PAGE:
It was strategic. Rees knew if she showed up on the playground with her own gear, she'd get to play. But pickup games were her only opportunity to be on a team. When Rees was in high school, as the 1960s turned to the 1970s, her suburban Portland district didn't let girls play team sports.

"When they told me I couldn't do something because I was a girl, it was just such a random thing," Rees said. "I personally never believed it. It made me doubt all kinds of rules."

Rees swam. She played tennis. She joined the track team to throw javelin, discus and the shot put. Her junior year, Title IX became law, but that made no immediate difference at her high school.

Rees's tattoo commemorates her time at UO before and after their logo change.
Rees's tattoo commemorates her time at UO before and after their logo change. Celeste Noche for

The first time Rees had the chance to join a real team was her freshman year at Oregon. And she went all in, playing softball, volleyball, and basketball. Rees played on the first women's varsity basketball team at the university.

She joined the Title IX student committee helping to make the law become reality. After college she taught high school and started coaching.

"I just love the dynamic of being a part of a team and belonging to a group," she says.

After seven years, she returned to the University of Oregon to coach, then teach. After coaching, she led the P.E. department for decades. Now retired, she announces play-by-play commentary for UO home softball games.

The All-American

Bev Smith learned her early agility on ice. The lake in her hometown, Salmon Arm, Canada, froze in the winter and she and her siblings would spend hours trying to steal the puck from their dad. But that fun ended when the boys grew up enough to join teams. There was not a hockey team for Smith, or any girl.

She says she found herself out on the ponds, with no one else around but cows. She hated to give up her stick, but her mom insisted.

"My mom said, 'You're not going to play hockey. You're going to find something that is more ladylike to play,'" Smith remembers. "She kind of respected authority at that time."

Luckily, basketball was ladylike enough. Smith joined the Jewels, a local girls team. Her junior year of high school, she watched a former Jewel play in the Olympics. It was 1976, the first year the Olympics included women's basketball. Watching sparked something inside Smith.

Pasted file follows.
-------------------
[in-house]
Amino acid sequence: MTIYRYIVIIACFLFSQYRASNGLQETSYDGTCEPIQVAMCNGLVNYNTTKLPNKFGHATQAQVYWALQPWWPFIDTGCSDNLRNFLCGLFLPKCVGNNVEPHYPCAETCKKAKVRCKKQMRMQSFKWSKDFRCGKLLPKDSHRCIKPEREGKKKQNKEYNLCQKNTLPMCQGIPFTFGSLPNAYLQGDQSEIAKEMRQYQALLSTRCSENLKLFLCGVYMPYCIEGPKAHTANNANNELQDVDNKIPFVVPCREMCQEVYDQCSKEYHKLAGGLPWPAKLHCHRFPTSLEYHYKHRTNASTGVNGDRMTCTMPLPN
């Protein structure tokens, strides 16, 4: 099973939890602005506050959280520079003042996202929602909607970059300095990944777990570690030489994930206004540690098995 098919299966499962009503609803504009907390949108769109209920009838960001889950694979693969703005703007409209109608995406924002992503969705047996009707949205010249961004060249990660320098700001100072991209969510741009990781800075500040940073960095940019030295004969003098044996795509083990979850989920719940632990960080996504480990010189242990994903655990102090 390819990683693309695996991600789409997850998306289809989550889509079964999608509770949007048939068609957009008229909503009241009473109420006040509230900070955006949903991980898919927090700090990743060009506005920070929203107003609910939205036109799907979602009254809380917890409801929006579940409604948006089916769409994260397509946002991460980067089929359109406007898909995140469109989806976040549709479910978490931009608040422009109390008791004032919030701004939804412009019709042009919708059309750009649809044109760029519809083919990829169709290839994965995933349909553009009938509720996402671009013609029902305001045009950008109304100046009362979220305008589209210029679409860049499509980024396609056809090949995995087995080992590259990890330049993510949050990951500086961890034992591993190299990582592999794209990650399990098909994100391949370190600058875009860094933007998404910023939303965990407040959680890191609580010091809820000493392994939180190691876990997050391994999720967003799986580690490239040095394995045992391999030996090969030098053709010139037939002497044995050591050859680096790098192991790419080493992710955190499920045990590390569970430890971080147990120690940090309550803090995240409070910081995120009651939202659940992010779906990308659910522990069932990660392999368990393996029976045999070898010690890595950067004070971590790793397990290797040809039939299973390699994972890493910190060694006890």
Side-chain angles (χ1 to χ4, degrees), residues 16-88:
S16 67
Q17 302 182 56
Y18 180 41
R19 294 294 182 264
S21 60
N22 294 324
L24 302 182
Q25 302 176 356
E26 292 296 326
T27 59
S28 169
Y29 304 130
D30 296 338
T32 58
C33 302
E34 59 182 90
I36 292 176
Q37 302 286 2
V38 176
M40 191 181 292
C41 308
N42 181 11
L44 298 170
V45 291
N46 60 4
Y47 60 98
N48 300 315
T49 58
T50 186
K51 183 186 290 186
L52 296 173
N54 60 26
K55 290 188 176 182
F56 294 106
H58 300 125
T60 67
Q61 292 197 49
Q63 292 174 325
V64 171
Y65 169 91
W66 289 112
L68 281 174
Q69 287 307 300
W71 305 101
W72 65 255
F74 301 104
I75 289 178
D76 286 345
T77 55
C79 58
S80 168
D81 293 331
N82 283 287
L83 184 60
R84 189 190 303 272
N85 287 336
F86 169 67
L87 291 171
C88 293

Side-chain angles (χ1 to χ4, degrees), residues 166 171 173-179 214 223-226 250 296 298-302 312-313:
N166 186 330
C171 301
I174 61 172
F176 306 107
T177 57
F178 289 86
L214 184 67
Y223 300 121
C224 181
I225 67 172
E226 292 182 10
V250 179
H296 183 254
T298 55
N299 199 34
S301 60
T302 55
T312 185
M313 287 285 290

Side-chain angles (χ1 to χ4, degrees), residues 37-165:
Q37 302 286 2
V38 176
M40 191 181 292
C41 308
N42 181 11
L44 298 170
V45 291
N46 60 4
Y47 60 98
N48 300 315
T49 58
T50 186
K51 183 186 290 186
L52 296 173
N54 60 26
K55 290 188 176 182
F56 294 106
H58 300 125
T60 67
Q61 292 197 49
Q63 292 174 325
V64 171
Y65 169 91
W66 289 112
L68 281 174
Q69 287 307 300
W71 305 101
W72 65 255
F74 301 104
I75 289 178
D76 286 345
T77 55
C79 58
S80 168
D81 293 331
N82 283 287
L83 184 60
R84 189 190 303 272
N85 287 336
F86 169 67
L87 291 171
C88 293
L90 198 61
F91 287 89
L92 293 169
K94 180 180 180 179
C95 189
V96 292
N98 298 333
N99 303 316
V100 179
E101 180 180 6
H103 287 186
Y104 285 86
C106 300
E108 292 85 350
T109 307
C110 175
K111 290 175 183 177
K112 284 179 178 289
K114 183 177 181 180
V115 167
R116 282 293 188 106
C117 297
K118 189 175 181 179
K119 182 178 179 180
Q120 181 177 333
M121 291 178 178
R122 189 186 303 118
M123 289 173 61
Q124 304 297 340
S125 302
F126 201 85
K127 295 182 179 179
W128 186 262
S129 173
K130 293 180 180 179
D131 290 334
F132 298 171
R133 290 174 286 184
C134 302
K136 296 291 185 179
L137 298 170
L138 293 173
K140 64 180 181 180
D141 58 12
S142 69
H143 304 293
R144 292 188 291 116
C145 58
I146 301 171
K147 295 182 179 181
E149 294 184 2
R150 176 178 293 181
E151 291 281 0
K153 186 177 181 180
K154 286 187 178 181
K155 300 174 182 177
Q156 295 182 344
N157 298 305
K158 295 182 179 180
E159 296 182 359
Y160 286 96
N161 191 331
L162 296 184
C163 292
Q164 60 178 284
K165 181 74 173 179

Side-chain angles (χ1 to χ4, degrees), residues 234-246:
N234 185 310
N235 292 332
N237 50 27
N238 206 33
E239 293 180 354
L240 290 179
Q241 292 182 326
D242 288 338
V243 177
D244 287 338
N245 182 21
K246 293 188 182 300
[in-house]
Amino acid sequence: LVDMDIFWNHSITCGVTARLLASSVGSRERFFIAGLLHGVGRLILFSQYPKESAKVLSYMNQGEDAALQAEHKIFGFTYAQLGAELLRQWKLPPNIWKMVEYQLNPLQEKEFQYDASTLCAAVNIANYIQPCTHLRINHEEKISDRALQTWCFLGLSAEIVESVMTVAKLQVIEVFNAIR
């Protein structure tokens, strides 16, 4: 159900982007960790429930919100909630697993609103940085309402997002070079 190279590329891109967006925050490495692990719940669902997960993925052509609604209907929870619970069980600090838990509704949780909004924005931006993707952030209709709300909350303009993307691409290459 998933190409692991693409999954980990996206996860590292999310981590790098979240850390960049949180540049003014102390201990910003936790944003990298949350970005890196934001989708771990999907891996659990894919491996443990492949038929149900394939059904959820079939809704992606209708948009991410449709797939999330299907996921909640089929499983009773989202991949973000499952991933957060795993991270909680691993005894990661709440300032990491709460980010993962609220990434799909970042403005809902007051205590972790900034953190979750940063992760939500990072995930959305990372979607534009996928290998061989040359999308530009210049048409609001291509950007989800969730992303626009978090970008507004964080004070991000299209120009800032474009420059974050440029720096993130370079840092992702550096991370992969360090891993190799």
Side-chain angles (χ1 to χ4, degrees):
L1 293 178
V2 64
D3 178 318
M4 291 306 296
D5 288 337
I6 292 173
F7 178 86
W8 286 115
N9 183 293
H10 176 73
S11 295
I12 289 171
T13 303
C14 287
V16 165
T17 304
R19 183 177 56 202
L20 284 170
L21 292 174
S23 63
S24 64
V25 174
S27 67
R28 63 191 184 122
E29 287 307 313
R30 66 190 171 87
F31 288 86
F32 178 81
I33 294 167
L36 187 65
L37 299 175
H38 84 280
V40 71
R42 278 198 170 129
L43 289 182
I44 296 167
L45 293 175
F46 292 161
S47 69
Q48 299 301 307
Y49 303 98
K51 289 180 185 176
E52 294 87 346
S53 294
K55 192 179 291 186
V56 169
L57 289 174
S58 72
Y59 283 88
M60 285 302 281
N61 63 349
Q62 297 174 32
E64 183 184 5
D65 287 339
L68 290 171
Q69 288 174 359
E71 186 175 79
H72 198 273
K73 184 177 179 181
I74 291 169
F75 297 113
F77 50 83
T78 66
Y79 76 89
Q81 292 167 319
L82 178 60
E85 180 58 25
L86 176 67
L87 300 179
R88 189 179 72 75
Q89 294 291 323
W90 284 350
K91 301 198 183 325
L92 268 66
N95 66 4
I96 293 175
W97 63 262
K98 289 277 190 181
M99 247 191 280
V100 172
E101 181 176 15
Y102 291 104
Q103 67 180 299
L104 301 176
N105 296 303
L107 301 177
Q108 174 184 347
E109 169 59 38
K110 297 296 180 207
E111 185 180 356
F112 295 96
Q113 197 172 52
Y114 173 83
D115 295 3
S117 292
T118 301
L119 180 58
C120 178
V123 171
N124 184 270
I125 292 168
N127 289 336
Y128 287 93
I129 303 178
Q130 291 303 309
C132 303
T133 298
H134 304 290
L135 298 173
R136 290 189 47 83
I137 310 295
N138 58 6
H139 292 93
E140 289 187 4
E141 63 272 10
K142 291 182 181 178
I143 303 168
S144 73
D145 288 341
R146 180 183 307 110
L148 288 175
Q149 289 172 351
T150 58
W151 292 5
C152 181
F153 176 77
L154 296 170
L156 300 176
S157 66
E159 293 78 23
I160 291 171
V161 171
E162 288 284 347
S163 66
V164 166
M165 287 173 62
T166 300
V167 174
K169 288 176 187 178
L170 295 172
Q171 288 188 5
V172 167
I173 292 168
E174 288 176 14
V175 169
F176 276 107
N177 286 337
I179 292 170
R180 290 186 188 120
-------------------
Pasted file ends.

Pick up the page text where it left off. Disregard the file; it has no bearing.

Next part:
"You know, wow. If she can do that, you know, why can't I?" she says.

Bev Smith won a full-ride scholarship to play basketball at the University of Oregon in 1978. She still holds the university record for steals and remains in the top five for scores, rebounds, assists and blocks.
Bev Smith won a full-ride scholarship to play basketball at the University of Oregon in 1978. She still holds the university record for steals and remains in the top five for scores, rebounds, assists and blocks. Celeste Noche for NPR

Smith made the Canadian national team while still in high school, then in 1978 won a full-ride scholarship to the University of Oregon. She was one of the first female athletes at Oregon to get this financial award – thanks to Title IX.

Because of her natural skills and her dedicated drive, Smith began to change the way both male and female fans at Oregon perceived the women's game. During her four years, Smith was a two time All-American. She still holds the university record for steals and remains in the top five for scores, rebounds, assists and blocks. She drew new fans to the game, bigger crowds for women's basketball than Oregon had ever seen.

When Smith graduated in 1982, the university retired her number, 24, as a way to honor her and her legacy.

Then the university forgot and gave her number out again.

"Your most decorated basketball alumni's retired number is not remembered," Peg Rees says. "Somebody dropped the ball."